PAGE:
Many argue that quarterbacks always lead to more wins than any other position, but let’s not forget how solid that defensive unit was for Cleveland. The Browns defense was No. 2 in the league in turnovers with 31. Mayfield had a great season, but what Barkley was able to do with the Giants is insane.
In games the Giants won, Barkley averaged 117 yards on the ground and one touchdown. He played a huge role in every game the Giants won, whether it was catching the ball out of the backfield or breaking off a big run. Barkley hit his rookie season hard, leading all running backs in missed tackles forced with 71.
Barkley was able to do it all this year for the Giants. While some might have been skeptical of the Giants for drafting him fourth overall, he is an extremely talented young player and deserves to be rookie OPOY.
Rookie Defensive Player of the Year
Darius Leonard (Indianapolis Colts): For many, including myself, Leonard came out of left field this season for the Colts. He was taken in the second round and was not expected to perform the way he did, but he came out and led the league in tackles, the first time a rookie has done so since Patrick Willis, a likely Hall of Famer.
Not only was Leonard the league leader in tackles, he made first-team All-Pro as a linebacker, a huge honor for a rookie, joining Carolina’s Luke Kuechly and Seattle’s Bobby Wagner.
Leonard finished the season with 163 tackles, seven sacks, 12 tackles for loss and two interceptions. He was able to fill up the stat sheet, which should make him a lock for rookie DPOY.
Comeback Player of the Year
Andrew Luck (Indianapolis Colts): Not only is Luck in the conversation for top comeback player, he has been mentioned as league MVP.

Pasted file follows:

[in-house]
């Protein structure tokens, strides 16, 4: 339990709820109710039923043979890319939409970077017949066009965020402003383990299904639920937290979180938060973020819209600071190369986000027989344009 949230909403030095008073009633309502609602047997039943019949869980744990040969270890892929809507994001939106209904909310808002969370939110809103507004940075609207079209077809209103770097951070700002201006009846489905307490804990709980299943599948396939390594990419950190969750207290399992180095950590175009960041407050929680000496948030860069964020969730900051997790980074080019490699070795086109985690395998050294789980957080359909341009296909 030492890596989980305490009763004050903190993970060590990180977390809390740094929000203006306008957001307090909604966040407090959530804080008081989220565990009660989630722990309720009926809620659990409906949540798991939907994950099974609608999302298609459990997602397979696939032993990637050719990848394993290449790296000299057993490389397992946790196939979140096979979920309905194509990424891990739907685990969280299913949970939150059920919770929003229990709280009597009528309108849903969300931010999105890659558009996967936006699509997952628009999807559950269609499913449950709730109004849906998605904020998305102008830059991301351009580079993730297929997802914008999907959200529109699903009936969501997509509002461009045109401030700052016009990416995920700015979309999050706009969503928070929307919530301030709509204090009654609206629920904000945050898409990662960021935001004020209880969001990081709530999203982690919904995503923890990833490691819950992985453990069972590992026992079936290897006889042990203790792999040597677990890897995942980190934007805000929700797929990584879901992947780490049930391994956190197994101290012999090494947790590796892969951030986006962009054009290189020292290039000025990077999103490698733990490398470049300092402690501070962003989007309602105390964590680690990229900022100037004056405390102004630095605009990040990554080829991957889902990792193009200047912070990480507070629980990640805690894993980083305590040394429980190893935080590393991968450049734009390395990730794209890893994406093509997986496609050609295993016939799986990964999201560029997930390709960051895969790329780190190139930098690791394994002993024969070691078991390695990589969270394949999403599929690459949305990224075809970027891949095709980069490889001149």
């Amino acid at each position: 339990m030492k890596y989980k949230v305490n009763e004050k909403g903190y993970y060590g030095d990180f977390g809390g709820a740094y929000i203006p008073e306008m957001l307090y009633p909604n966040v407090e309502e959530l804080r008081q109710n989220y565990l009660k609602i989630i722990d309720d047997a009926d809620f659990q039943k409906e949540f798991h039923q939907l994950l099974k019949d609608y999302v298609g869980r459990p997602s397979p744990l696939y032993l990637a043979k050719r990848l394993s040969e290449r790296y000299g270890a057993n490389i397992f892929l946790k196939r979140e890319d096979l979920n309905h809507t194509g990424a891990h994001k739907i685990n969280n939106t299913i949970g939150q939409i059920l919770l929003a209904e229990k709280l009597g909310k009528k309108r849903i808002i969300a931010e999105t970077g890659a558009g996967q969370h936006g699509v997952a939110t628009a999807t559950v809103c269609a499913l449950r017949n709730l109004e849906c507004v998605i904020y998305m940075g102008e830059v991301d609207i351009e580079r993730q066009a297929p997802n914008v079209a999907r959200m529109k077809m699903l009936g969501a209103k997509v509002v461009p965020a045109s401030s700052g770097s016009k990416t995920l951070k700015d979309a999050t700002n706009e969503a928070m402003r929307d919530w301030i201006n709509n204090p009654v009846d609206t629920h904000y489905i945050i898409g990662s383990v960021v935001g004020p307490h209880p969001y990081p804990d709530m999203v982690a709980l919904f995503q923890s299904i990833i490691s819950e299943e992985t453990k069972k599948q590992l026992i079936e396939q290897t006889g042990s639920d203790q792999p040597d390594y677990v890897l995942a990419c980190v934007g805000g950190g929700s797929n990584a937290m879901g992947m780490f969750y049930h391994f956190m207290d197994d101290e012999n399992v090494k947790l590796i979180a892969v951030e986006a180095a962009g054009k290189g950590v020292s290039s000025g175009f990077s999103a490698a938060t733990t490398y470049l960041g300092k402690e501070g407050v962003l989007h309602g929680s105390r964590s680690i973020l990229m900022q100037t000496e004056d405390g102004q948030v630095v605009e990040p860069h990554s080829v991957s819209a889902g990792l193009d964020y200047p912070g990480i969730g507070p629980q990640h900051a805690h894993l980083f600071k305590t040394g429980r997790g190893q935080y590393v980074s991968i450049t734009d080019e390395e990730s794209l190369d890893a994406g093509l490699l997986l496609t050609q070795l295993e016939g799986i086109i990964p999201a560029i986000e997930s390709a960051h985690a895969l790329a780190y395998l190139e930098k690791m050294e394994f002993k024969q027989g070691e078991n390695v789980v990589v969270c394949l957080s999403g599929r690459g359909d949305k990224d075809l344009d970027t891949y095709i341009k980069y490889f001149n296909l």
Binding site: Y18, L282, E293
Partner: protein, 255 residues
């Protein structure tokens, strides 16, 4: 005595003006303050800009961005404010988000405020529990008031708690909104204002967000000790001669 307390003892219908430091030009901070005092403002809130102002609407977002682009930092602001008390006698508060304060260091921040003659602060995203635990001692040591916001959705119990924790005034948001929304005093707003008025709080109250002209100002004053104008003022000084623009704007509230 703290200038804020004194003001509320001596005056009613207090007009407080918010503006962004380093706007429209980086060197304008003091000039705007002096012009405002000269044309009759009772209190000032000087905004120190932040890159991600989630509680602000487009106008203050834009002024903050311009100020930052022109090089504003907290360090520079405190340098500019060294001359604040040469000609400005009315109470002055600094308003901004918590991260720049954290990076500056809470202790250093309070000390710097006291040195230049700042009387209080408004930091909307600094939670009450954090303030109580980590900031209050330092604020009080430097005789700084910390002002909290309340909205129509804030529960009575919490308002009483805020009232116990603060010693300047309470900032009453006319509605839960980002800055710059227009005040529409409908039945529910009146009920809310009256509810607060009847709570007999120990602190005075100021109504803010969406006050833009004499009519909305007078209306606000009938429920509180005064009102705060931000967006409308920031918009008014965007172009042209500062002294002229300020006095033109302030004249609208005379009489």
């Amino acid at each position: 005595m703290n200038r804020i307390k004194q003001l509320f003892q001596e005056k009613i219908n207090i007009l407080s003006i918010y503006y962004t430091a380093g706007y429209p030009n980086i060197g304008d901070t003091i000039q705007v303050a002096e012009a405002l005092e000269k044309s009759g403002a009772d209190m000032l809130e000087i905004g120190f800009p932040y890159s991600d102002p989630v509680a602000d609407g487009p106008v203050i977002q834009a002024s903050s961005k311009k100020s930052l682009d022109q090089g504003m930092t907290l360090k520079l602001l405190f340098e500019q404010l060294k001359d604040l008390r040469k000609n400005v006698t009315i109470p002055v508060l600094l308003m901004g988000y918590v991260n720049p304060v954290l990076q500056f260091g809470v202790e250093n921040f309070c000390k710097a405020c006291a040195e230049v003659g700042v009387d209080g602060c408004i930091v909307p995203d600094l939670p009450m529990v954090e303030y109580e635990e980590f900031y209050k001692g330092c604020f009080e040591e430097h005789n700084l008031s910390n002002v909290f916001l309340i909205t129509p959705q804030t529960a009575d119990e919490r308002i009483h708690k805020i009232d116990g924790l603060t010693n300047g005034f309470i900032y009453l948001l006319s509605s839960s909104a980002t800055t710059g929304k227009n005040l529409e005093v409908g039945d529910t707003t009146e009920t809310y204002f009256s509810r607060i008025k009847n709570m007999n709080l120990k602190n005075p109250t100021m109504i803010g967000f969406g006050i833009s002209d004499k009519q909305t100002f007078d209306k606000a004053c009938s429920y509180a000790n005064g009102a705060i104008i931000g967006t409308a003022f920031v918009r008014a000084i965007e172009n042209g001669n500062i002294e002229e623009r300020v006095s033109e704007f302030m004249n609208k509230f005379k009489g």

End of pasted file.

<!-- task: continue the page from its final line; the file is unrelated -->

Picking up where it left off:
During the preseason, many questioned whether he was 100 percent because he wasn’t throwing the ball downfield but hitting his receivers on a lot of throws under 10 yards. Worse, the Colts brought in Jacoby Brissett off the bench to throw a Hail Mary pass, which really raised concerns.
Luck laid those concerns to rest, finishing second in the league with 39 passing touchdowns and leading a Colts team that was 1-5 through six weeks to the playoffs. He also threw for 4,500 yards, the second most in his career, and for his highest passer rating of 98.7.
Missing one full season is tough for most players, but especially quarterbacks with injured throwing arms. Many people didn’t expect Luck to have this success he had. Some thought he might never play again. For him to come out and have the year he had is remarkable and deserving of top comeback player.
Coach of the Year
Matt Nagy (Chicago Bears): Another decision that comes down to two options — Nagy of the Bears and Frank Reich of the Colts. Both teams had great seasons, but the decider is Nagy leading his team to a division championship and Reich’s team making the playoffs but finishing second.
Nagy took the NFC North’s last-place team and turned it into division champs. Last year, Chicago was in the bottom four in points scored per game. Nagy was able to flip the switch this season as the Bears finished in the top 10 in scoring with 26.3 points per game, 10 more than last season.
The Bears took their win total from last year and multiplied it by four, amassing 12 wins, locking in the third seed in the NFC playoffs. Not only was Nagy able to create more production in the win column, he got the most out of QB Mitchell Trubisky.
Coming into this season, many labeled Trubisky a bust, giving him names like “Trashbisky.” That description has certainly changed as Trubisky was able to produce, even having a game where he threw for six touchdowns. A lot of Trubisky’s success can be chalked up to the scheme Nagy created.
The Bears didn’t need help on the defensive side of the ball, as their talent took care of opposing offenses. They made big strides offensively, however, without big-name players, with Nagy calling the shots. He deserves the top coaching honor.